Derek McCormack joined the School of Geography and the Environment in October 2006. From 2006 to 2009 Derek was a fellow of Hertford College, before he moved to take up a Tutorial Fellowship at Mansfield College. Derek has a BA (Hons, first class) in Geography and Sociology from the National University of Ireland, Maynooth; an MSc in Geography from Virginia Tech; and a PhD in Geography from the University of Bristol. From 2001 to 2006 Derek was a lecturer in human geography at the Department of Geography at the University of Southampton. During that time he received a Vice-Chancellor's Teaching Award for his development (with Dr Alan Latham, now at UCL) of innovative field-based teaching in urban geography. Derek has also received the Gwenda Hurst Memorial Medal from the Association of Geography Teachers of Ireland, the J.A.K Graham Award from the Geographical Society of Ireland, and a Phyllis Mary Morris Scholarship from the School of Geographical Sciences at the University of Bristol. In 2008 he received an Oxford University Teaching Award for innovation and excellence in undergraduate teaching.
University Lecturer in Human Geography
Derek is co-ordinator of the Technological Natures research cluster within the School of Geography and Environment, and from September 2011 will be Academic Director of the MSc in Nature, Society, and Environmental Policy.
Derek's work centres on the development of a form of conceptually informed empiricism that explores the way in which affectivity participates in the matter and meaning of lived experience. His writing has appeared in major geography journals including Annals of the Association American Geographers, Transactions of the Institute of British Geographers, Progress in Human Geography, and Environment and Planning D: Society and Space. His work has been funded by the British Academy, the World Universities Network (WUN) and the Geography Earth and Environmental Sciences (GEES) network. He has been a visiting researcher at the Universities of Oslo and Bergen, and has given invited presentations at a range of major universities.
Reflecting his particular commitment to interdisciplinary research, Derek has been involved in a number of practice and performance based events with artists, performers, and philosophers. In recognition of this interest, he was invited to contribute to the inaugural issue of Inflexions, a journal for research-creation based at the Senselab, (Concordia University) of which he is a member. He also recently organised (with Tim Schwanen) an interdisciplinary symposium to mark the centenary of Henri Bergson's lectures on the Perception of Change at Oxford.
Derek is from Leixlip, Ireland.
Derek's research interest can be divided into three overlapping areas, each of which follows on from his longstanding engagement with and contribution to non-representational theories and styles of thinking within Geography.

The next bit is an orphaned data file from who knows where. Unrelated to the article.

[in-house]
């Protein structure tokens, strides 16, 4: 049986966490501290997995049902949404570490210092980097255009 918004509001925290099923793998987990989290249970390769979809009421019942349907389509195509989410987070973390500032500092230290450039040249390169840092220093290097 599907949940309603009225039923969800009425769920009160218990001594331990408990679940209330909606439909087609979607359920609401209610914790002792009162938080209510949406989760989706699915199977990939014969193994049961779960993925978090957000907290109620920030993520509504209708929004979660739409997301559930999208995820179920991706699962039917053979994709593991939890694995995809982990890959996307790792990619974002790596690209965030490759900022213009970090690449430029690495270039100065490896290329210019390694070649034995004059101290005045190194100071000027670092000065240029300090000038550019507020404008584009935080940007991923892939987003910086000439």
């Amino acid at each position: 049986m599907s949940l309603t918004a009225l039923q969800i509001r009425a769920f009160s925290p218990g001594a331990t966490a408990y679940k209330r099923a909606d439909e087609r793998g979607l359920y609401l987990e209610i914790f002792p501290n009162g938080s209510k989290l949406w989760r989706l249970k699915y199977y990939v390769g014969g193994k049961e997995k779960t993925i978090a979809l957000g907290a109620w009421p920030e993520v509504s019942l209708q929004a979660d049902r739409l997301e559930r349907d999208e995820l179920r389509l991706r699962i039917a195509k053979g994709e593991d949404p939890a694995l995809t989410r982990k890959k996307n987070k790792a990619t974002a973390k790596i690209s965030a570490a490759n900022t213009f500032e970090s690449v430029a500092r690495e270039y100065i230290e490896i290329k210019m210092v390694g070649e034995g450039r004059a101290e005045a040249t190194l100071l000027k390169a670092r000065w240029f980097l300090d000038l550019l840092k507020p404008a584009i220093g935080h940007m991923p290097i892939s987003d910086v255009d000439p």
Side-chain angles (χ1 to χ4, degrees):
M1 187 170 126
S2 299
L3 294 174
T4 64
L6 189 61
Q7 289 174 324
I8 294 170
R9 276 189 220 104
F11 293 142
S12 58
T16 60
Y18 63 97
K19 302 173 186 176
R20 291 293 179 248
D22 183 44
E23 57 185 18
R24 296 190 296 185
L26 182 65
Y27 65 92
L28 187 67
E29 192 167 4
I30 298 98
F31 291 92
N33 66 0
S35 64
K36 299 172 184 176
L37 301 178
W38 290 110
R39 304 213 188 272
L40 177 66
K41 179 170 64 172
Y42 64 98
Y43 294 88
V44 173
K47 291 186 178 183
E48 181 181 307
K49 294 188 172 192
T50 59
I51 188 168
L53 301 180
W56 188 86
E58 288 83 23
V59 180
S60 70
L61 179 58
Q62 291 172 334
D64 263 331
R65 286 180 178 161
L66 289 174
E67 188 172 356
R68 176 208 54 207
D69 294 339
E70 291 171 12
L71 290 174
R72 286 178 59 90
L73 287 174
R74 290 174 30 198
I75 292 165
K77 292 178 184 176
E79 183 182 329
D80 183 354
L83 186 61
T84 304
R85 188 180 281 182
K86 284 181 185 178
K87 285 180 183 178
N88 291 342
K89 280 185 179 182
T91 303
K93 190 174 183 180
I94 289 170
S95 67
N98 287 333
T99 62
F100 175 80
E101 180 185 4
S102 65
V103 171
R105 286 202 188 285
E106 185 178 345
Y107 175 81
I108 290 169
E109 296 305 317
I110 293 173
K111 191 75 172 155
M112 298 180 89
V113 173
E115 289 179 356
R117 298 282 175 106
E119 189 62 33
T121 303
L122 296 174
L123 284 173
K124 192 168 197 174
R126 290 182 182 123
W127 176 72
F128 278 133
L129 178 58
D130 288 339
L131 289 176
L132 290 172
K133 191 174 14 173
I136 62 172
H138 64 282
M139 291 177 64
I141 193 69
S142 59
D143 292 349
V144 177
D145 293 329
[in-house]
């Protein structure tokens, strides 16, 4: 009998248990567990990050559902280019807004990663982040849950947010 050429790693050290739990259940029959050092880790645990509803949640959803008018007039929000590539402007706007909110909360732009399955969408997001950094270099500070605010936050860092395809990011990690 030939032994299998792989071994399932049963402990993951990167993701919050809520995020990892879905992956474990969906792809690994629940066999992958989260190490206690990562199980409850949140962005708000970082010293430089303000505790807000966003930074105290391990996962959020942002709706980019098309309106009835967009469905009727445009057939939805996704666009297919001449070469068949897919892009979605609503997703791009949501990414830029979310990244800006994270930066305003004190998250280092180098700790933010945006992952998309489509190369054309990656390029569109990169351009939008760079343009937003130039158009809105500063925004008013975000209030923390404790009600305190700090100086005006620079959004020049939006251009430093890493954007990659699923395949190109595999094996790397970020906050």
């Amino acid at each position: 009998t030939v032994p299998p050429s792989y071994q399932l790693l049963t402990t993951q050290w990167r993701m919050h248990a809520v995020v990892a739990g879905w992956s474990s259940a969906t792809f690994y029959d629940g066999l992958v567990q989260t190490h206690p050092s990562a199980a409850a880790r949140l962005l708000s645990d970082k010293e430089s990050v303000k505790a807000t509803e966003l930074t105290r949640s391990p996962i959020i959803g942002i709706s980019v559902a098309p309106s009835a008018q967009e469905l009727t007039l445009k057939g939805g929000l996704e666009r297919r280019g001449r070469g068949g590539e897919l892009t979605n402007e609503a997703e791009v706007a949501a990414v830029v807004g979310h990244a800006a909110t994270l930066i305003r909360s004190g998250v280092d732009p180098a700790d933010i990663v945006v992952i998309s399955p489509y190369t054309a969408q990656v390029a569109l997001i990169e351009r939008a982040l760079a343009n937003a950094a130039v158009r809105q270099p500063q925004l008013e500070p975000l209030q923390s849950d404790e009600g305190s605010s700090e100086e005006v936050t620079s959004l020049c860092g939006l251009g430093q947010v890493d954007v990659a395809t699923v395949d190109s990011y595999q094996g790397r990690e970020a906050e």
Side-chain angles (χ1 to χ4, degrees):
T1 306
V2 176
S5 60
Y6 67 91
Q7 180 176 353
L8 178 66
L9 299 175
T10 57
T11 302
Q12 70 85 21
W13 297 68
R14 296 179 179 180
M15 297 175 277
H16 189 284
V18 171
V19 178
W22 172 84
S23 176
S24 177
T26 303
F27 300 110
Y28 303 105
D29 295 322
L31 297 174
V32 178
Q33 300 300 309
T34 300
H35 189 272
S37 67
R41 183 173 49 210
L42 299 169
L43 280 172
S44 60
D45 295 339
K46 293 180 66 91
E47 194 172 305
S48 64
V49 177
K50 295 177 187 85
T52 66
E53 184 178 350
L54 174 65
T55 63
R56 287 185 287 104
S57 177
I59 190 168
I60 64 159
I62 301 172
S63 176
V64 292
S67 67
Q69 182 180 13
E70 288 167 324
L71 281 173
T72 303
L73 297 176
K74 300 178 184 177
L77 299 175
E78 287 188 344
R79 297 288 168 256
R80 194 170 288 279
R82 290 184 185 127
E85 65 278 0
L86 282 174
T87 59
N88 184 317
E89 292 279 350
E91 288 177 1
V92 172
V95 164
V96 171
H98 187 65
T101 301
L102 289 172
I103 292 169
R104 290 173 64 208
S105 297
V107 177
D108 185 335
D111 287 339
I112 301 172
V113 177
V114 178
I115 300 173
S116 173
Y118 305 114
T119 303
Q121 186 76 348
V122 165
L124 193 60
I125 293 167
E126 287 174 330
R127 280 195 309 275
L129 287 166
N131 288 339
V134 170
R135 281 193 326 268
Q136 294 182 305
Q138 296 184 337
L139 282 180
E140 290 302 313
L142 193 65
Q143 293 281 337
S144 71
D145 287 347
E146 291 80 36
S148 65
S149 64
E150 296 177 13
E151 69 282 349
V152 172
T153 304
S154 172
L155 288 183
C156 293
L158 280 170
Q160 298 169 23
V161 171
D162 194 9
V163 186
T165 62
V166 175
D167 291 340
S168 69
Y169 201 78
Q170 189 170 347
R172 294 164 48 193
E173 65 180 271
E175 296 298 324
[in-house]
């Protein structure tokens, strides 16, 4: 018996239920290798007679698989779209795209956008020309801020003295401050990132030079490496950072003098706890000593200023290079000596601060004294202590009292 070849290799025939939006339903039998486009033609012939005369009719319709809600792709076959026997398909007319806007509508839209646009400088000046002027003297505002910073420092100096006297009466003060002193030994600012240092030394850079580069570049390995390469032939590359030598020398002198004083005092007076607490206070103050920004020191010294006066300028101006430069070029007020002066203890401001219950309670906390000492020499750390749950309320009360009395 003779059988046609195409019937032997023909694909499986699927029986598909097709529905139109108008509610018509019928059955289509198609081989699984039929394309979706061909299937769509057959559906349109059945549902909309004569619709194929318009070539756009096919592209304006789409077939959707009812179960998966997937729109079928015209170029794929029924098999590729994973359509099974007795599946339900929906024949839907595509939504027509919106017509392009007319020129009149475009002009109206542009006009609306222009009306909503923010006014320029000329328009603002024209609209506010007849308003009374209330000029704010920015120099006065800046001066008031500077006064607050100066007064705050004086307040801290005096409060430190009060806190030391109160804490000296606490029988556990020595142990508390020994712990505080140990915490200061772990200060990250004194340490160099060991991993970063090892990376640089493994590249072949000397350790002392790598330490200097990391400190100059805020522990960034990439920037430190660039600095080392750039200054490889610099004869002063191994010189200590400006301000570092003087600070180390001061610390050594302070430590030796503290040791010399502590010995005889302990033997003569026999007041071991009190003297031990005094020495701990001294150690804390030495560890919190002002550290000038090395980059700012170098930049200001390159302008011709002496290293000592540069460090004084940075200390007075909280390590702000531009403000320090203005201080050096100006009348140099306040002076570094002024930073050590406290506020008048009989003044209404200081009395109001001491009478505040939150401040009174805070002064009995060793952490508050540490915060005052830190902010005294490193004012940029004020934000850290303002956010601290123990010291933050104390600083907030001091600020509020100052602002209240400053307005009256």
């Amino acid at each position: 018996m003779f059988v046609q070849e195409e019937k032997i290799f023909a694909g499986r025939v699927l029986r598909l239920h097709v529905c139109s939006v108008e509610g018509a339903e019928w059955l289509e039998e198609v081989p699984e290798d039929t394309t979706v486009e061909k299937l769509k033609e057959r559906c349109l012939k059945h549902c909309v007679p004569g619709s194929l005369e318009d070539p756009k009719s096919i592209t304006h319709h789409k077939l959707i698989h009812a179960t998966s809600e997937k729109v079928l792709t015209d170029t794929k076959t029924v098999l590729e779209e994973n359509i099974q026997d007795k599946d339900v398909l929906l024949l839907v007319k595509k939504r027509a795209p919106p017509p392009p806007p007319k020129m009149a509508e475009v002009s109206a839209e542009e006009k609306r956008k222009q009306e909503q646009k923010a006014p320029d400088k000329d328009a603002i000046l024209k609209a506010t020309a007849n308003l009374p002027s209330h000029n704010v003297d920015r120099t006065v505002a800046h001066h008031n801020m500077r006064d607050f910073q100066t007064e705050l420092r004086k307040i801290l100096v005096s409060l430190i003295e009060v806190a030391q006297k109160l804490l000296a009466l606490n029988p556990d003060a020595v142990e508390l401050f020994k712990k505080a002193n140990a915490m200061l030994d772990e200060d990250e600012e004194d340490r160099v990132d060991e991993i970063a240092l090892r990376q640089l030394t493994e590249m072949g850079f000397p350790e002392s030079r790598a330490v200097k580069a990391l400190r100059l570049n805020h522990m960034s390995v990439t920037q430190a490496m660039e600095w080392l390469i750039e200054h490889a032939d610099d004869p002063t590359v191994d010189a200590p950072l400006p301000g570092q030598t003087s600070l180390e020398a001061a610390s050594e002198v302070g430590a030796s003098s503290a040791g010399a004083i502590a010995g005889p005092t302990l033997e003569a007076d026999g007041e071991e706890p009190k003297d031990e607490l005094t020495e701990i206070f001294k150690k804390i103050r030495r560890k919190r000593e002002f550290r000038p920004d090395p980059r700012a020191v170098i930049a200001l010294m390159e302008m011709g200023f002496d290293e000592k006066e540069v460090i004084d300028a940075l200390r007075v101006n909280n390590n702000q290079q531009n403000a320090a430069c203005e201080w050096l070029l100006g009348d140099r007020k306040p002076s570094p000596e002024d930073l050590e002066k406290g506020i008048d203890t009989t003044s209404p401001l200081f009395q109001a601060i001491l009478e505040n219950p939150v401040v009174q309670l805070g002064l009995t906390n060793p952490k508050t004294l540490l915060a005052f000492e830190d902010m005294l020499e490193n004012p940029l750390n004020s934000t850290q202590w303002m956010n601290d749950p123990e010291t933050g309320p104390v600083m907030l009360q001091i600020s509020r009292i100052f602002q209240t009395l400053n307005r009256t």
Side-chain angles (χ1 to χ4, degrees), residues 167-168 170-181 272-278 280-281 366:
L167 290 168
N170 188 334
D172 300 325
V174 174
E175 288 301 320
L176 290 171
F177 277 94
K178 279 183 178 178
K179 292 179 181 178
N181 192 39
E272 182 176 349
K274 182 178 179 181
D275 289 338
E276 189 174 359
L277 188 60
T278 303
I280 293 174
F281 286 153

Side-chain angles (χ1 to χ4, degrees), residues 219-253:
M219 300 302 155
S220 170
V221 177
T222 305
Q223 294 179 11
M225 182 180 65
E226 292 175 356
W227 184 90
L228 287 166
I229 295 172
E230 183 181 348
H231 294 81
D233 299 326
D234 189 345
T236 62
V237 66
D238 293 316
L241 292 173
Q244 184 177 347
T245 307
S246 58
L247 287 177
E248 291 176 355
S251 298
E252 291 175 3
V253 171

A first area of research focuses on the moving body as a site for experimenting with experience. It examines how such experiment is facilitated by particular constellations of techniques, spaces, and concepts. This work involves philosophically informed participation in specific performance and practice-based events in order to examine how the generative affectivity of the moving body is rendered appreciable and actionable. Derek has a completed manuscript provisionally titled Refrains for Moving Bodies, currently under review with a North American University Press, which brings together his work in this area.
A second area of research centres on geographies of air and atmosphere. Derek's work in this area arises from his broader concern with the relation between movement and materiality. He is interested in how, by selectively attending to the properties, movements, and affects of airspace and atmospheres, we can open up for conceptual and empirical experiment with the question of how to think through the multiple space-times of materialities. The vehicle through which Derek has pursued this project is a deceptively simple object: the balloon. More specifically, his work here focuses on a series of ways in which the balloon has been employed in scientific, military, and artistic contexts as a vehicle for experimenting with the properties and spaces of air and atmosphere. He is in the process of developing a book length project on this topic.
A third emerging area of research examines the relation between questions of affectivity and the governance of forms of everyday life in contemporary western societies. To this end he is developing a research project into how inflation figures as a problem in western democracies, paying particular attention to how the effort to fight inflation is premised upon governing affectively imbued orientations towards the future. Relatedly, he is co-editing (with Dr. Tim Schwanen) a special issue of Environment and Planning A on the practices and politics of decision-making.